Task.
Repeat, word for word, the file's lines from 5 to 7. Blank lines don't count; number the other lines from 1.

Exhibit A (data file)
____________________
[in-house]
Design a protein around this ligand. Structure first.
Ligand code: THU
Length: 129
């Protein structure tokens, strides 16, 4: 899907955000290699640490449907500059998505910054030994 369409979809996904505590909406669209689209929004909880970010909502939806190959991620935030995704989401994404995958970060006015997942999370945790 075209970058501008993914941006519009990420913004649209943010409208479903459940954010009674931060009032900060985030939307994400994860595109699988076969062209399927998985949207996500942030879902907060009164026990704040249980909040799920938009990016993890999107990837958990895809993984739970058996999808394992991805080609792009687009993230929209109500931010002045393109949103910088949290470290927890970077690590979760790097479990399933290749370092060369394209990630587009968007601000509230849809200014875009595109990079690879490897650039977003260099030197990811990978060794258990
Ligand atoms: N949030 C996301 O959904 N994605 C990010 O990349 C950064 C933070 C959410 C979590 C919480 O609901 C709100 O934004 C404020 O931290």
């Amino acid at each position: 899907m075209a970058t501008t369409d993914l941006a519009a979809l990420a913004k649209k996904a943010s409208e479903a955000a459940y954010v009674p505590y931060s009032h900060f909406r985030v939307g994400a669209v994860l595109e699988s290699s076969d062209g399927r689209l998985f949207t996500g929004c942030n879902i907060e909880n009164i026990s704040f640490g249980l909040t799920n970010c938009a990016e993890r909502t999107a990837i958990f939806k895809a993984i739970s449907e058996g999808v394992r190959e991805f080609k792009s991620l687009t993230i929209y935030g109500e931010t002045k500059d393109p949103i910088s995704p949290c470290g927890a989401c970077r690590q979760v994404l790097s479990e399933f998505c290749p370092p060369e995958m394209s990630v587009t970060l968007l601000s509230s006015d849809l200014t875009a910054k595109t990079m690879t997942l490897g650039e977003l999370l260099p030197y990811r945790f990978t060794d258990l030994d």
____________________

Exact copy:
């Protein structure tokens, strides 16, 4: 899907955000290699640490449907500059998505910054030994 369409979809996904505590909406669209689209929004909880970010909502939806190959991620935030995704989401994404995958970060006015997942999370945790 075209970058501008993914941006519009990420913004649209943010409208479903459940954010009674931060009032900060985030939307994400994860595109699988076969062209399927998985949207996500942030879902907060009164026990704040249980909040799920938009990016993890999107990837958990895809993984739970058996999808394992991805080609792009687009993230929209109500931010002045393109949103910088949290470290927890970077690590979760790097479990399933290749370092060369394209990630587009968007601000509230849809200014875009595109990079690879490897650039977003260099030197990811990978060794258990
Ligand atoms: N949030 C996301 O959904 N994605 C990010 O990349 C950064 C933070 C959410 C979590 C919480 O609901 C709100 O934004 C404020 O931290």
């Amino acid at each position: 899907m075209a970058t501008t369409d993914l941006a519009a979809l990420a913004k649209k996904a943010s409208e479903a955000a459940y954010v009674p505590y931060s009032h900060f909406r985030v939307g994400a669209v994860l595109e699988s290699s076969d062209g399927r689209l998985f949207t996500g929004c942030n879902i907060e909880n009164i026990s704040f640490g249980l909040t799920n970010c938009a990016e993890r909502t999107a990837i958990f939806k895809a993984i739970s449907e058996g999808v394992r190959e991805f080609k792009s991620l687009t993230i929209y935030g109500e931010t002045k500059d393109p949103i910088s995704p949290c470290g927890a989401c970077r690590q979760v994404l790097s479990e399933f998505c290749p370092p060369e995958m394209s990630v587009t970060l968007l601000s509230s006015d849809l200014t875009a910054k595109t990079m690879t997942l490897g650039e977003l999370l260099p030197y990811r945790f990978t060794d258990l030994d």